If you're starting your own business, you undoubtedly will encounter legal issues that require the expertise of a legal professional. And if not, you may be overlooking something. Business attorneys can help you navigate the legal registration process when deciding on a company name, among other things, and generally give your business the best chance to succeed. Contact a business attorney who can handle the issues (depends on issue regional or international).


In naming, roll of the tongue is very important, it's relatively quick to grasp, and it has truly relevant meaning: Do consider the meaning of your chosen name in other languages if there is a possibility you could expand into foreign markets. For Examples include Acer, a PC vendor, the name means 'acute' or 'sharp' Latin; Mahalo, a Q&A platform whose name means thank you in Hawaiian; and Ubuntu an operating system that takes its name from an African philosophy of interpersonal allegiances and relations. When Chevrolet introduced its Nova car in Mexico, for instance, it discovered that in Spanish "nova" means "no go." A word may have a negative meaning in another language or culture. And enthusiastic business owners can be blind to awkward puns and double entendres. The best way to avoid creating an embarrassing or damaging brand situation is to test your name on your target audiences; they may see something you missed.


Think about colors when you're choosing a business name. Colors will be an important component of your business name and other business promotion materials and your business web site, and colors have strong emotional associations, too. Red, for instance, is an aggressive color; its fiery elements are associated with speed, excitement and passion while green is a calming color associated with growth, renewal and nature. So choose the color for your business name which is relevant and catchy for mass audience or global audience.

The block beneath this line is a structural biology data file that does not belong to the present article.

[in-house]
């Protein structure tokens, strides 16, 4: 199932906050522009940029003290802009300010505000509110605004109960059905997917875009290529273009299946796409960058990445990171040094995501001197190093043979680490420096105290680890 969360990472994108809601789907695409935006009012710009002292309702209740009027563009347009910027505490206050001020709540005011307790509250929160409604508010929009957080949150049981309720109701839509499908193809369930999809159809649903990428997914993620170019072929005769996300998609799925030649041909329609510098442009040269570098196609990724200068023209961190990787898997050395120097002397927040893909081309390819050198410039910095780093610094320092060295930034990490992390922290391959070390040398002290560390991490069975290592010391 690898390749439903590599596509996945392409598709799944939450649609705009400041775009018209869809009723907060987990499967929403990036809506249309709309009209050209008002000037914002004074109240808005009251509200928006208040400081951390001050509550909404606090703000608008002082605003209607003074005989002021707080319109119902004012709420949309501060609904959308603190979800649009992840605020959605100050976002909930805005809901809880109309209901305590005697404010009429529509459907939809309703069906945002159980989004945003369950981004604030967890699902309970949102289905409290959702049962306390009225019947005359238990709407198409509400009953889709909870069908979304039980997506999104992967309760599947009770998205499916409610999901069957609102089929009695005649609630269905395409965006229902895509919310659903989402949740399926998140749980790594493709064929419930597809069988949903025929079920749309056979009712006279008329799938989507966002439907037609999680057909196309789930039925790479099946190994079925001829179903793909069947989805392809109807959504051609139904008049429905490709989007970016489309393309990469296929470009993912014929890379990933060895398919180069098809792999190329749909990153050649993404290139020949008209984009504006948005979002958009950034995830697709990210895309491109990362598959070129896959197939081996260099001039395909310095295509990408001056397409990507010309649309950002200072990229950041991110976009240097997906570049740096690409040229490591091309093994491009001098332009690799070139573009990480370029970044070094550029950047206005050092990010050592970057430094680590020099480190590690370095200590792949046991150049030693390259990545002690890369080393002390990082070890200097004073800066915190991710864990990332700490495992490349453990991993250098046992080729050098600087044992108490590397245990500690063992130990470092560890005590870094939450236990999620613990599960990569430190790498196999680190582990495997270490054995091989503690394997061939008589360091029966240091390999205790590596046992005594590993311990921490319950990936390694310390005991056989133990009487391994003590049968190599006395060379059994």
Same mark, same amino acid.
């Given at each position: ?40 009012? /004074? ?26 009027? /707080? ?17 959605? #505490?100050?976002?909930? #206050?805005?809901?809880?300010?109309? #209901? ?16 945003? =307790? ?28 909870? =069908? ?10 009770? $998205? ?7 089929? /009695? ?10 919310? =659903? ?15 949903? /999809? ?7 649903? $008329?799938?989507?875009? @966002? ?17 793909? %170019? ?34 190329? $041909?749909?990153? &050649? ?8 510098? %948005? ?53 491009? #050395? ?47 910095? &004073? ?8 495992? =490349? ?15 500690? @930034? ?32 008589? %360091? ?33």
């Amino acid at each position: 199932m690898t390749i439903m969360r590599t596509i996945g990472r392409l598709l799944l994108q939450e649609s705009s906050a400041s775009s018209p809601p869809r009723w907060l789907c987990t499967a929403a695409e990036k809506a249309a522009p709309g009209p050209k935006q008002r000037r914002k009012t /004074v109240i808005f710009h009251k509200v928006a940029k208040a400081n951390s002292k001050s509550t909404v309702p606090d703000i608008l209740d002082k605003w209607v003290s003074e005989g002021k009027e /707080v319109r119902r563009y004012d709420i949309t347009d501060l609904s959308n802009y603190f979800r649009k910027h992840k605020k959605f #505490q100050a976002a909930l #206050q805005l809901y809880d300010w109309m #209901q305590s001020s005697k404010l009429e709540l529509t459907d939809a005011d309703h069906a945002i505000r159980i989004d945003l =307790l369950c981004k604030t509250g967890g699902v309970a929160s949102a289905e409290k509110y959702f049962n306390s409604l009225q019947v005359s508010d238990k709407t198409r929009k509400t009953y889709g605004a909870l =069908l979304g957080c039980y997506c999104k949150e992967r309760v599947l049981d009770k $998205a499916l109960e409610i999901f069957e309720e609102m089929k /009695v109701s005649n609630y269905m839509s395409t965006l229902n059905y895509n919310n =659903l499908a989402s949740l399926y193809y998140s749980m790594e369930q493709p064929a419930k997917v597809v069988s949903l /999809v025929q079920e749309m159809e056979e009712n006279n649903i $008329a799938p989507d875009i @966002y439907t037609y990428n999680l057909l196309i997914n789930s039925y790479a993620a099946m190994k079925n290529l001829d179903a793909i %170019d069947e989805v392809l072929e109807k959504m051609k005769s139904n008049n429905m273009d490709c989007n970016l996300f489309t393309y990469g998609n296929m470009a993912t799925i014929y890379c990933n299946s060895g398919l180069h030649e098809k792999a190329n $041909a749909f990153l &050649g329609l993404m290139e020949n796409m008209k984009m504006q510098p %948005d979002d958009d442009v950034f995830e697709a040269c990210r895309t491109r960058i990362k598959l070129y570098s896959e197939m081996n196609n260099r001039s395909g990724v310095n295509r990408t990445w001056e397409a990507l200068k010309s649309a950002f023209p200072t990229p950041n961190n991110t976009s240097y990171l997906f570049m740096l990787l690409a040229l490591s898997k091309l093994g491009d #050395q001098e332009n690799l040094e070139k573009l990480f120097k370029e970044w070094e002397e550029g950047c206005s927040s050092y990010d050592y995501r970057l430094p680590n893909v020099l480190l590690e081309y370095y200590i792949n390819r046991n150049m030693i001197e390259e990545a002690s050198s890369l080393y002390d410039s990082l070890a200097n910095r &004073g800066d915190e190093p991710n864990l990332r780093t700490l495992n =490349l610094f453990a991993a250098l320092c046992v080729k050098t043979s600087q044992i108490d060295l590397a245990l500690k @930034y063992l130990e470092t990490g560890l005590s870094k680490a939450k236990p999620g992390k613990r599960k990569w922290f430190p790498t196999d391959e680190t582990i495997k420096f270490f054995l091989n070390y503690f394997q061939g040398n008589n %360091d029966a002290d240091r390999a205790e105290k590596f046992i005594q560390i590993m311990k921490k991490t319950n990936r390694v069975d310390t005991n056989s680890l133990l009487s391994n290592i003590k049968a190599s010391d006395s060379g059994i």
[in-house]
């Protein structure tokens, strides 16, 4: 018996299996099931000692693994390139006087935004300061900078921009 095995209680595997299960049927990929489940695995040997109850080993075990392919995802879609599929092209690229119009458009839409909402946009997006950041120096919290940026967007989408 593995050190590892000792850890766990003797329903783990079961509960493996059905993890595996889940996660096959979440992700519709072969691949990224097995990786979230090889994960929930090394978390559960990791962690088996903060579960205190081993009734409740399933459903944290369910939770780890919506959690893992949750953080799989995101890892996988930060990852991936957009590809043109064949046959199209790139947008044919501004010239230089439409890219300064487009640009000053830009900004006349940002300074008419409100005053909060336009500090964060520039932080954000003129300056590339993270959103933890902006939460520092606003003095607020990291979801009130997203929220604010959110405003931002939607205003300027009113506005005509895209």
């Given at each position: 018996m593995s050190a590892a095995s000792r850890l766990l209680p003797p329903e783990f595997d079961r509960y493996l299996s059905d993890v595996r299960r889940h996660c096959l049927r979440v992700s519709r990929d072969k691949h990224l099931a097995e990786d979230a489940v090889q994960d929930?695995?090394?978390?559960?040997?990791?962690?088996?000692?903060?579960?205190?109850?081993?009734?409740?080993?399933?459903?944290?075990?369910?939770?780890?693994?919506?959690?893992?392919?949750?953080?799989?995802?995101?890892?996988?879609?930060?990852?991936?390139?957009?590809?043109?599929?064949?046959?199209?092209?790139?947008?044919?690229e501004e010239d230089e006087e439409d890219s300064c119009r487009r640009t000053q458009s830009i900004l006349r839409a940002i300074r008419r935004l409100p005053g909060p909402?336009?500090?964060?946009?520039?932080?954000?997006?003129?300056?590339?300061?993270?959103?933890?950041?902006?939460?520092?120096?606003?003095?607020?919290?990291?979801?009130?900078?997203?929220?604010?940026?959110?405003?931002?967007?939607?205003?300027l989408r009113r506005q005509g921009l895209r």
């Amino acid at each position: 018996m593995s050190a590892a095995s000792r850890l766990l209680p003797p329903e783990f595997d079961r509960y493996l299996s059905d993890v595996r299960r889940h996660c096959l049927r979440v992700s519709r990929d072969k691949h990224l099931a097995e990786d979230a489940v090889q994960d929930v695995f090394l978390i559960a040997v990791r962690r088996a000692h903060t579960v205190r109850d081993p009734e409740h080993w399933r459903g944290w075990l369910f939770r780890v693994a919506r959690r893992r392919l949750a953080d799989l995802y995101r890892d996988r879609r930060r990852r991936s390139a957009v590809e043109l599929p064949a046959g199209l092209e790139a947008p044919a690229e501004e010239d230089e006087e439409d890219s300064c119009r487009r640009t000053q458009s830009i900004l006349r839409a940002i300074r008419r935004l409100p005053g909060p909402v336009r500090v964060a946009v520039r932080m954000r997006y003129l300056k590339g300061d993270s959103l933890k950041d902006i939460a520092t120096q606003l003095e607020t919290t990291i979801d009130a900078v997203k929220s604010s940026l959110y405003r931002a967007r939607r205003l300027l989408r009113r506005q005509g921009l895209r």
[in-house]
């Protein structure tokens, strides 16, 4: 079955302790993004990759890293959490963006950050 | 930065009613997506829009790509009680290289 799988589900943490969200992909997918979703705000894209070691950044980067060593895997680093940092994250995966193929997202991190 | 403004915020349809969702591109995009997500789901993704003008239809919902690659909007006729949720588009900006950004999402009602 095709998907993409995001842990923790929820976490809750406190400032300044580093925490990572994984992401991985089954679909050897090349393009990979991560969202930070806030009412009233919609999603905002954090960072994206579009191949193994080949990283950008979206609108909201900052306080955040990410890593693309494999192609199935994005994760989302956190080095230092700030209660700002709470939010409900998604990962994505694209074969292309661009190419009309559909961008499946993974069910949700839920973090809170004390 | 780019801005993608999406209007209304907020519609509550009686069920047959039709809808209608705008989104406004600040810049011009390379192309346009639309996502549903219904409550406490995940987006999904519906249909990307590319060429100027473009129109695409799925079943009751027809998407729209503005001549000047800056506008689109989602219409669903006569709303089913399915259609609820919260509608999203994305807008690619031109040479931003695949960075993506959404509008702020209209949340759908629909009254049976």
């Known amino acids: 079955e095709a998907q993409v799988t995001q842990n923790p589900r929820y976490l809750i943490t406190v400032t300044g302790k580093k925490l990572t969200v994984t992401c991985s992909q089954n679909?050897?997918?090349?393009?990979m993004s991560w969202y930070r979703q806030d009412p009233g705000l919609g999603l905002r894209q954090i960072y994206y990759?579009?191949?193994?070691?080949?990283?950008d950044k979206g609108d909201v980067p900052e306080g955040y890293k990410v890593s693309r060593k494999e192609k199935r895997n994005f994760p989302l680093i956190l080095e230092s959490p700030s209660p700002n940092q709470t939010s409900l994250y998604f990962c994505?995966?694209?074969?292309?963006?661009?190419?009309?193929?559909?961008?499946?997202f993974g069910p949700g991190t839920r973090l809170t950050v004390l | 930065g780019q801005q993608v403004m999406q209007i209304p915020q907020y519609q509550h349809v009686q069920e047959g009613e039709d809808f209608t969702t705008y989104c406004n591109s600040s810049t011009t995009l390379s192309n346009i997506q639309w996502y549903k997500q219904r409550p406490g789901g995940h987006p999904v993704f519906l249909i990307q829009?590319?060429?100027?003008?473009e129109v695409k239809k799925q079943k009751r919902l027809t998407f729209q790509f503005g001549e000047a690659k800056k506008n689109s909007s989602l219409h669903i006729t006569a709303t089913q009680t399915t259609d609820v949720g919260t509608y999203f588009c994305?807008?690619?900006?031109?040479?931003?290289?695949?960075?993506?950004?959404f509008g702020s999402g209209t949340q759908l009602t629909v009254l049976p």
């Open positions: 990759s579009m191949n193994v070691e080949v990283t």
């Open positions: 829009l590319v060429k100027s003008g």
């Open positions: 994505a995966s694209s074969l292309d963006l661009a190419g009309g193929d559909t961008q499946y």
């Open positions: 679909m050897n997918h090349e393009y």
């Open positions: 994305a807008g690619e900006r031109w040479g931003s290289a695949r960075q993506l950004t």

Yellow (happy feelings) McDonalds wants every meal to be a "happy meal." By adding some fiery red, they have created a sign that functions as an appetite stimulant. Blue (business confidence)- IBM wants everyone to trust their products.
Green (health)- Starbucks has a healthier, "greener" product. Purple (royal, mystery, wisdom)- Hallmark has the perfectly worded card for every occasion. Orange (joy, optimism)- "The world runs on Dunkin." Pink (femininity, love) Victoria's Secret is all about romantic, sexy women's fashions.


Once you have chosen a business name, you will need to register it with the right regulatory bodies and protect it against trademark infringement. If you are operating your business under a trade name you are required by law to register that name with your local government and obtain a Doing Business As (or DBA) permit from your local government. Until then, the legal name of your business essentially defaults to your given name.
If you only do business in one state you can register for a trademark at the state level; if you operate in more than one country you can register for a federal trademark via the U.S. Patent and Trademark Office.


The process of naming your business is a complex one. Not only must it reflects your brand but you need to find ways to protect it against name hijackers, scammers, impersonators, cyber squatting, and business identity theft. Before you commit to a name, though, research your legal guidelines and make sure it's available. Selecting a name for international business is more difficult than regional business. Due to changes in political, socio cultural environment across the nations, most business find it difficult to choose their business name globally. Alternatively, a naming firm will ask questions to learn more about your culture and what's unique about you--things you'll want to communicate to consumers. To get a good name regionally or globally, firm need to plan their strategies as per requirement of the market.